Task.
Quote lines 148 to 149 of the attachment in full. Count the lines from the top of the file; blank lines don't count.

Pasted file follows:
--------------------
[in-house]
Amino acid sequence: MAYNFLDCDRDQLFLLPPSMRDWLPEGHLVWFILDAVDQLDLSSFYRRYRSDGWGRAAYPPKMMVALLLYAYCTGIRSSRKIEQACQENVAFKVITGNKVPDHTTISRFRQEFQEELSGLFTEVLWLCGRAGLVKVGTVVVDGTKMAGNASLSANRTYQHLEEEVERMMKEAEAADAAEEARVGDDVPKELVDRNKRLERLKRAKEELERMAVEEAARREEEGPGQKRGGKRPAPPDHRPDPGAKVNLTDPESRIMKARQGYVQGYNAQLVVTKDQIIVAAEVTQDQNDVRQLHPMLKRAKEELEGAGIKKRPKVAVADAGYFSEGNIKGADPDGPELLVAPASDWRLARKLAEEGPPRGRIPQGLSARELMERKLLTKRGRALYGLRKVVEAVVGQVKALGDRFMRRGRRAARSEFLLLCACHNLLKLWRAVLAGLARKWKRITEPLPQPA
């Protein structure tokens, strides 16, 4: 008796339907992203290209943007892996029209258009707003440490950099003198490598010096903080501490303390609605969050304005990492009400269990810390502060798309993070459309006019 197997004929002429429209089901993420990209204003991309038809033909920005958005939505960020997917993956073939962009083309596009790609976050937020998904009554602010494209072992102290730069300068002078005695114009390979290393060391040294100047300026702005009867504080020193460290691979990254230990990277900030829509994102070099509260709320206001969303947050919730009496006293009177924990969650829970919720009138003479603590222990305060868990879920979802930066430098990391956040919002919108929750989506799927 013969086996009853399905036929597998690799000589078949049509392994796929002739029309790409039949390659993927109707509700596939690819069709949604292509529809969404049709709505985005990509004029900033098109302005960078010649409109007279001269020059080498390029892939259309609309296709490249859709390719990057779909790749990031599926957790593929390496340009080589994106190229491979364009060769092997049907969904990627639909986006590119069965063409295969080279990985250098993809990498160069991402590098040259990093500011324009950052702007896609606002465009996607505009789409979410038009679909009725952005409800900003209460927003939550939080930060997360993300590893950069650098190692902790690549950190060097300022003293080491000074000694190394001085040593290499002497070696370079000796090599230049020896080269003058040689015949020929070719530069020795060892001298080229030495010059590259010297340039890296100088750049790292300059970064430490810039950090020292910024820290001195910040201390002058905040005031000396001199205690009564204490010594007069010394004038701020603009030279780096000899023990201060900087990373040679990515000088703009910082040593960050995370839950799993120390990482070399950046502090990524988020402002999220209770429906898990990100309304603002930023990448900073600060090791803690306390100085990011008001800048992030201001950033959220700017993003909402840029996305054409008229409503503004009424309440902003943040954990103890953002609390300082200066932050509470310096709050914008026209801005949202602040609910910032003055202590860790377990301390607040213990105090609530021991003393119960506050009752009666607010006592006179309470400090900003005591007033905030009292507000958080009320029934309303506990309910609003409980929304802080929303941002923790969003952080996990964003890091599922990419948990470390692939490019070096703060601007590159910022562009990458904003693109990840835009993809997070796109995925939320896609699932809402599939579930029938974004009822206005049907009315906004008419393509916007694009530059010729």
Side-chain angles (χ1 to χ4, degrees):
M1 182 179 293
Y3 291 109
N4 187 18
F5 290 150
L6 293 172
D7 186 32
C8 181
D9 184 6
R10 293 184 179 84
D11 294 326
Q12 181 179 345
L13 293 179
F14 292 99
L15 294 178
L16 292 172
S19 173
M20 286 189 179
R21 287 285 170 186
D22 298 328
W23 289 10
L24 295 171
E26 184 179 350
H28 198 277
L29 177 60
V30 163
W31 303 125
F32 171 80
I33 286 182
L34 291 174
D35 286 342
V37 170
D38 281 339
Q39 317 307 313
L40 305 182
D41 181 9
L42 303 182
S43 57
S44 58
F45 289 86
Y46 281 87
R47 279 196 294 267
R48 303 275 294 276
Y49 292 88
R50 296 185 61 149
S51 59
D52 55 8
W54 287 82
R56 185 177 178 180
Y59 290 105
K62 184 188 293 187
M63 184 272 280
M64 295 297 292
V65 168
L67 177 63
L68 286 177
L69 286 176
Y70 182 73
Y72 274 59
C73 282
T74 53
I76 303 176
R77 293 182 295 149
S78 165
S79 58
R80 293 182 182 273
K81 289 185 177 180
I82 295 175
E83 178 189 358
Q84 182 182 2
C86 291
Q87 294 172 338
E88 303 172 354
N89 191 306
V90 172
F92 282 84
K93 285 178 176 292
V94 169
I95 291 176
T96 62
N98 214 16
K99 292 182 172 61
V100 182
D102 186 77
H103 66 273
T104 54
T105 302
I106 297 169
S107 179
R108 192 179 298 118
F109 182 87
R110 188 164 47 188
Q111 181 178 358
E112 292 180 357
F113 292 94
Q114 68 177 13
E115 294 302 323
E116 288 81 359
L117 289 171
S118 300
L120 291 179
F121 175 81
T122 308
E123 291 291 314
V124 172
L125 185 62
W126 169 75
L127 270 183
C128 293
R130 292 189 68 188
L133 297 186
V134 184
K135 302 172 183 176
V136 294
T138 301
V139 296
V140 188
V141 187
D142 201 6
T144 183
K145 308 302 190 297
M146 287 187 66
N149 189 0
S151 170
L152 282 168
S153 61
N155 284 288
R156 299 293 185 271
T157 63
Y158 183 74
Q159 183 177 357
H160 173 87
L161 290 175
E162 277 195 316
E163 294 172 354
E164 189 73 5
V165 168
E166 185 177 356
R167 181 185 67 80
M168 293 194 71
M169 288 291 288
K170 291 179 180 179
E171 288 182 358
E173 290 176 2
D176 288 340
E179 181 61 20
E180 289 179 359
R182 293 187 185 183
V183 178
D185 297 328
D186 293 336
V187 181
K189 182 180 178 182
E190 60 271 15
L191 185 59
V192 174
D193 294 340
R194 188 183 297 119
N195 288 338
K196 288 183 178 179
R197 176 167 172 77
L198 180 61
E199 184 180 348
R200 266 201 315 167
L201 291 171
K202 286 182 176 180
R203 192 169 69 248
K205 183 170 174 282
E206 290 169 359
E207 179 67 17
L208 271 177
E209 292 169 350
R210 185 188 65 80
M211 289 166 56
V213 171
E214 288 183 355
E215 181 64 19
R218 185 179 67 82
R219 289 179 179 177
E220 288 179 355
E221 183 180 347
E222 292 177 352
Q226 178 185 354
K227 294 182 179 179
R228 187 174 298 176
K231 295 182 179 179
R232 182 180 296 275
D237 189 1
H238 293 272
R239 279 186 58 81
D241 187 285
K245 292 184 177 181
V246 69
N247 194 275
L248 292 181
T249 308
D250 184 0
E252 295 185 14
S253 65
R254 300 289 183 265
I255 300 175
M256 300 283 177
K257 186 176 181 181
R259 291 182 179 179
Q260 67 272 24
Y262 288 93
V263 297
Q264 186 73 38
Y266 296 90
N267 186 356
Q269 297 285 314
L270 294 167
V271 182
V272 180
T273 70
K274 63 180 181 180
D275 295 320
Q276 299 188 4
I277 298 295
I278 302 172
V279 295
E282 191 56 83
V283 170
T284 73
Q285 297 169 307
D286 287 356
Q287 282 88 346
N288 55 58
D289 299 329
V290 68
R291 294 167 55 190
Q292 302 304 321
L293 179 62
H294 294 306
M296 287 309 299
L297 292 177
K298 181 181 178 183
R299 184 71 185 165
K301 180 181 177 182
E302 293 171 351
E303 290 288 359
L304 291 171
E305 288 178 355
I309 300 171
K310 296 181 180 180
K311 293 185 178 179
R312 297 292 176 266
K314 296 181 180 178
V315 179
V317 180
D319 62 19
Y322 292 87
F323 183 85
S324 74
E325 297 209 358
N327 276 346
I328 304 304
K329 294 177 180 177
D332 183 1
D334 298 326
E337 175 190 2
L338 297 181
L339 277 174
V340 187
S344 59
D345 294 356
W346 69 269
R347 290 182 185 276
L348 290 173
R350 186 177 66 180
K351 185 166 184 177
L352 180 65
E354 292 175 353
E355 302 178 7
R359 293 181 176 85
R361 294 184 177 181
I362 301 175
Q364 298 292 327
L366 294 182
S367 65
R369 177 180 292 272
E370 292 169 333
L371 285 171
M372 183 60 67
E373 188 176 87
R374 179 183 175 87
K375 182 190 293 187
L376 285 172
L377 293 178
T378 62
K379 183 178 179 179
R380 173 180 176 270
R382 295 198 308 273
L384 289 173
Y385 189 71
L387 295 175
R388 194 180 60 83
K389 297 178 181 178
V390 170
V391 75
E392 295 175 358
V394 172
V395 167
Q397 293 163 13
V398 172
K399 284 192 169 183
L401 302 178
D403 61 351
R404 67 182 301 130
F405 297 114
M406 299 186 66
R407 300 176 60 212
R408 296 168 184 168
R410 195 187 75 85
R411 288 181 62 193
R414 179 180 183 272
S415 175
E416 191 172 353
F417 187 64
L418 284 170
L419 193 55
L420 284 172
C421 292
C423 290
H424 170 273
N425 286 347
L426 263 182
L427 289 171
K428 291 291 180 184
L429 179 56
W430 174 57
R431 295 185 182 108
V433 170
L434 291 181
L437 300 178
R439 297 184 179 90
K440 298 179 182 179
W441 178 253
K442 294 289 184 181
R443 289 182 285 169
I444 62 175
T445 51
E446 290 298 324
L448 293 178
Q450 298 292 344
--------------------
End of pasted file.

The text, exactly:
D176 288 340
E179 181 61 20